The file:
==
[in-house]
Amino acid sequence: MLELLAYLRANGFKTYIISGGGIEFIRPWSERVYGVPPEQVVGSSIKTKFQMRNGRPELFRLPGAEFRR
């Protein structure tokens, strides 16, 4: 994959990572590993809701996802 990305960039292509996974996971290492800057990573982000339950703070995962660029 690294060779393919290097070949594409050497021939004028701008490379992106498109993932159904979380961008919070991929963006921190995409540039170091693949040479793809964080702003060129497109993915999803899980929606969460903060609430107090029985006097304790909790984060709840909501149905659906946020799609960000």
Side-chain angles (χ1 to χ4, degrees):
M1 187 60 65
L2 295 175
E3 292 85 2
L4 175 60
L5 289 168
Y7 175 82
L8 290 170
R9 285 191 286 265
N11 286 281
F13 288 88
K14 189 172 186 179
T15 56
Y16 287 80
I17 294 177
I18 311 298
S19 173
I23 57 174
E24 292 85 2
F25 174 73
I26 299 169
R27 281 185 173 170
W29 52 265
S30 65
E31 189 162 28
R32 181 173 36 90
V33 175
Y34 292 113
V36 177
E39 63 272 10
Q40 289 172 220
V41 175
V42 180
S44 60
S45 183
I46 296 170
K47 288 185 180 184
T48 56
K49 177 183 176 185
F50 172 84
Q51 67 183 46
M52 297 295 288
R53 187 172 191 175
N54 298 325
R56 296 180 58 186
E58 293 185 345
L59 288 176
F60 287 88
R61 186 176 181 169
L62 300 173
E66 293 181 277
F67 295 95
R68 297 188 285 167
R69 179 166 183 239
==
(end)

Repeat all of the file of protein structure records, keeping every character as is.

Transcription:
[in-house]
Amino acid sequence: MLELLAYLRANGFKTYIISGGGIEFIRPWSERVYGVPPEQVVGSSIKTKFQMRNGRPELFRLPGAEFRR
């Protein structure tokens, strides 16, 4: 994959990572590993809701996802 990305960039292509996974996971290492800057990573982000339950703070995962660029 690294060779393919290097070949594409050497021939004028701008490379992106498109993932159904979380961008919070991929963006921190995409540039170091693949040479793809964080702003060129497109993915999803899980929606969460903060609430107090029985006097304790909790984060709840909501149905659906946020799609960000």
Side-chain angles (χ1 to χ4, degrees):
M1 187 60 65
L2 295 175
E3 292 85 2
L4 175 60
L5 289 168
Y7 175 82
L8 290 170
R9 285 191 286 265
N11 286 281
F13 288 88
K14 189 172 186 179
T15 56
Y16 287 80
I17 294 177
I18 311 298
S19 173
I23 57 174
E24 292 85 2
F25 174 73
I26 299 169
R27 281 185 173 170
W29 52 265
S30 65
E31 189 162 28
R32 181 173 36 90
V33 175
Y34 292 113
V36 177
E39 63 272 10
Q40 289 172 220
V41 175
V42 180
S44 60
S45 183
I46 296 170
K47 288 185 180 184
T48 56
K49 177 183 176 185
F50 172 84
Q51 67 183 46
M52 297 295 288
R53 187 172 191 175
N54 298 325
R56 296 180 58 186
E58 293 185 345
L59 288 176
F60 287 88
R61 186 176 181 169
L62 300 173
E66 293 181 277
F67 295 95
R68 297 188 285 167
R69 179 166 183 239